Classroom Tour

The first day of school was today.  Even after 6 years, I still get the jitters on the first day.  It’s just unsettling when you don’t know you’re kids and you’re about to spend 9 months with them.  So intimidating.

I’m happy to report that the first day went well.  My kids seem pretty solid and well behaved.  I give them until Wednesday to start showing their true colors.  Ha!

Here’s a little tour of my classroom this year.  I should do a before and after when the year is up to show you what 8th graders can do to a classroom.  It’s pretty amazing.

A little chalkboard on the door for notes and directions.

Image

Classic book covers to decorate the closet door.

Image

A little student station.

Image

A white board and a word wall.  Essentials in the English classroom.

Image

I got crafty and covered the shades with fabric this year.  They look SO much better, but don’t roll them down because you’ll see the old shade…

Image

I love this bookcase!

Image

My little work station.

Image

Not too shabby!  I love this time in the school year when life is full of possibilities and excitement.  I’m trying really hard to hold onto this feeling for as long as I can.

Mr. Roboto, a post by Michael

Greetings to you all! My name is Michael, the husband to the wonderful woman who normally documents our lives on this blog, but I have taken to the keyboard this week.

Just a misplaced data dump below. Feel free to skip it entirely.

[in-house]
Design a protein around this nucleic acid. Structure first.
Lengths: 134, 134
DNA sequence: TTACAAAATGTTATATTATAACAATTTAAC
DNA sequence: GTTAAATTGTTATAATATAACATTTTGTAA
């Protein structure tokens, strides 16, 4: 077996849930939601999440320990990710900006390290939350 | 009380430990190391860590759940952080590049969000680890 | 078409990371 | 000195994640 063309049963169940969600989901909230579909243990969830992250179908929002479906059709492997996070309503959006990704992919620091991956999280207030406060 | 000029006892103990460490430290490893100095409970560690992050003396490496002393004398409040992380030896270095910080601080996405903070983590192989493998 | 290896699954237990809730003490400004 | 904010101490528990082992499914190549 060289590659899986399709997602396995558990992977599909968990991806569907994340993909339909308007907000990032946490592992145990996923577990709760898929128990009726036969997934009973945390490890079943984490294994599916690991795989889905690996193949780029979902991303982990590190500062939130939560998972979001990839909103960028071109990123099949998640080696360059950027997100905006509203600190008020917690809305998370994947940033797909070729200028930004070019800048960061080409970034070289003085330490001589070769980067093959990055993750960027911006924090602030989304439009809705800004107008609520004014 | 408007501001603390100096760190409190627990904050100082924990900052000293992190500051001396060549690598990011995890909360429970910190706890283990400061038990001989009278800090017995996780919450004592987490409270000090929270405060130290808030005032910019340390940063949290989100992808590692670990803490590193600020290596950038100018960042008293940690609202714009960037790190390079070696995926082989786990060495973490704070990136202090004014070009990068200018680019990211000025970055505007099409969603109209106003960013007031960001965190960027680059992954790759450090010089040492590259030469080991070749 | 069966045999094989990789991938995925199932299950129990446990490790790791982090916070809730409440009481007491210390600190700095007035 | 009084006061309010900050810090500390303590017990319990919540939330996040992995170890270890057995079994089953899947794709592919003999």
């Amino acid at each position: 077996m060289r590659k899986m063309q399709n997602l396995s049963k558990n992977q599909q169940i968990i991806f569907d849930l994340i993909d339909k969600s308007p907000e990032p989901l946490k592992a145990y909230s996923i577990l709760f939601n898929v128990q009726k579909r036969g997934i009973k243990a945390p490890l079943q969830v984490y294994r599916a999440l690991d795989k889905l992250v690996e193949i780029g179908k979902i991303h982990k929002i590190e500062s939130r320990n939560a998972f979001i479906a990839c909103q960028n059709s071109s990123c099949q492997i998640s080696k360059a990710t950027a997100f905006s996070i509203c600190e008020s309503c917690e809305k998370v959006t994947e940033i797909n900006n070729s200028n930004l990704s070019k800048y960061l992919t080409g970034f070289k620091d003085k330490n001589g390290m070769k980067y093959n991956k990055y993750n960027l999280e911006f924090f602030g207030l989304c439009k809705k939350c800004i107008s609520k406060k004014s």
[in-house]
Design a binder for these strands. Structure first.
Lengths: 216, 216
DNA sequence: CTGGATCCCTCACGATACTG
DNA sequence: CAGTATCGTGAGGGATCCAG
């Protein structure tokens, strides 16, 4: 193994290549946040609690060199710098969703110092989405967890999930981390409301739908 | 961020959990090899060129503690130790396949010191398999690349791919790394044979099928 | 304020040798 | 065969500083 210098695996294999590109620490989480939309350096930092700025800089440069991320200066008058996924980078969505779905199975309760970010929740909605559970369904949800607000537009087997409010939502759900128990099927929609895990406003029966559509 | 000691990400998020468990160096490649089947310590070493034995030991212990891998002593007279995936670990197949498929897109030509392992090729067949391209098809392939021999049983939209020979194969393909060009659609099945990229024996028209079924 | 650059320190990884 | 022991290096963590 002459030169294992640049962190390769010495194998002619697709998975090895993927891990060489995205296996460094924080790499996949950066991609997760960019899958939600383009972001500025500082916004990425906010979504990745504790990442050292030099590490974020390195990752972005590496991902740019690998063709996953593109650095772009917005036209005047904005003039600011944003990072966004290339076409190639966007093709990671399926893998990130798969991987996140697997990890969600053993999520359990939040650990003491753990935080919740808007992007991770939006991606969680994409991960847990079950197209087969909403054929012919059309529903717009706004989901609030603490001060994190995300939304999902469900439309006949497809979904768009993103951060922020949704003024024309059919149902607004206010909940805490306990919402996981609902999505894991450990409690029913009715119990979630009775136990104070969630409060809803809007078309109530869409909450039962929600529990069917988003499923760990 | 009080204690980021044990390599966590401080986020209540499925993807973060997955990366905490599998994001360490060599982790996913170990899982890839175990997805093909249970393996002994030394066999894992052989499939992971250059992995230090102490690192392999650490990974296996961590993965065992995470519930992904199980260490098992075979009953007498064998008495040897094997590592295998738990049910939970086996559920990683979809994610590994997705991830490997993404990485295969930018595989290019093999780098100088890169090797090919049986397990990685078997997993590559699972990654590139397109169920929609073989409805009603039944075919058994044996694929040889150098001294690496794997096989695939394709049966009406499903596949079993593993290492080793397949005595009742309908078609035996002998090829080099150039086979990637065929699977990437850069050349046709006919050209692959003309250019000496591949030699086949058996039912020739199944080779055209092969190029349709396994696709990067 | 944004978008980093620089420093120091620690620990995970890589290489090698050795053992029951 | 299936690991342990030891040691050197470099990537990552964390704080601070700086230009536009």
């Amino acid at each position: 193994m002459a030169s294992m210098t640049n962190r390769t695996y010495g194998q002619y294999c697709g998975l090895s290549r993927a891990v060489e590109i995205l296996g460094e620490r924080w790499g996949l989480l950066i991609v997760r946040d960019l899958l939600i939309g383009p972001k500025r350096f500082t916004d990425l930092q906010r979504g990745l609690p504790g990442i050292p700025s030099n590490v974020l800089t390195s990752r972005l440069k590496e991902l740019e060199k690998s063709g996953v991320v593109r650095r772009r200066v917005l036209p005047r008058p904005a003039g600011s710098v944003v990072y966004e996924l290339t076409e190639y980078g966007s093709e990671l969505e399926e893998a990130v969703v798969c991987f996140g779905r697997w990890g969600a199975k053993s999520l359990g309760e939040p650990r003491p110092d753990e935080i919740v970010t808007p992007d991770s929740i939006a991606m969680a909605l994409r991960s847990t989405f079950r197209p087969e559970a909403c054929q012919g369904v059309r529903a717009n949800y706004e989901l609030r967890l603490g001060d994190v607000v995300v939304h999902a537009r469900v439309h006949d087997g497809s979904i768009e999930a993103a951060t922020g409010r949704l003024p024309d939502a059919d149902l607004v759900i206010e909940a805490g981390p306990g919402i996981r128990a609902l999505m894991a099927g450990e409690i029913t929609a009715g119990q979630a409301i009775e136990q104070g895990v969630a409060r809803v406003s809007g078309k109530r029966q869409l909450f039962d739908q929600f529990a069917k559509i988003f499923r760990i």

As she said in her June 22nd post entitled Daddy’s Home, this summer I have been training for my new teaching position at Maumelle Middle School. I have taught a variety of things in the past 3 years: English, Creative Writing, and Math. Whew! Basically a different subject every year, but at the end of last school year I was given the opportunity to teach a class called Gateway to Technology. In this class, students learn how to design and draw 3D models on the computer as well as design and build robots to perform a variety of tasks. I was happy to accept this position because I feel that it really fits my skill set due to my previous career as an Interior Designer.

While I knew a little about my new subject, I had very little knowledge on how to actually teach it to 7th and 8th graders. Thankfully, my school district offered to pay for me to go to two training sessions to help me with that.

Last week, I was at Missouri University of Science and Technology in Rolla, MO for the robotics portion of my training. The training was conducted by Project Lead The Way. If you haven’t heard of this organization, please check them out and encourage your school to get a PLTW program. They are a leading provider of rigorous and innovative Science, Technology, Engineering, and Mathematics (STEM) education curricular programs used in middle and high schools across the U.S. In these programs, students create, design, build, discover, collaborate and solve problems while applying what they learn in math and science. They’re also exposed to STEM fields through professionals from local industries who supplement the real-world aspect of the curriculum through mentorships and workplace experiences.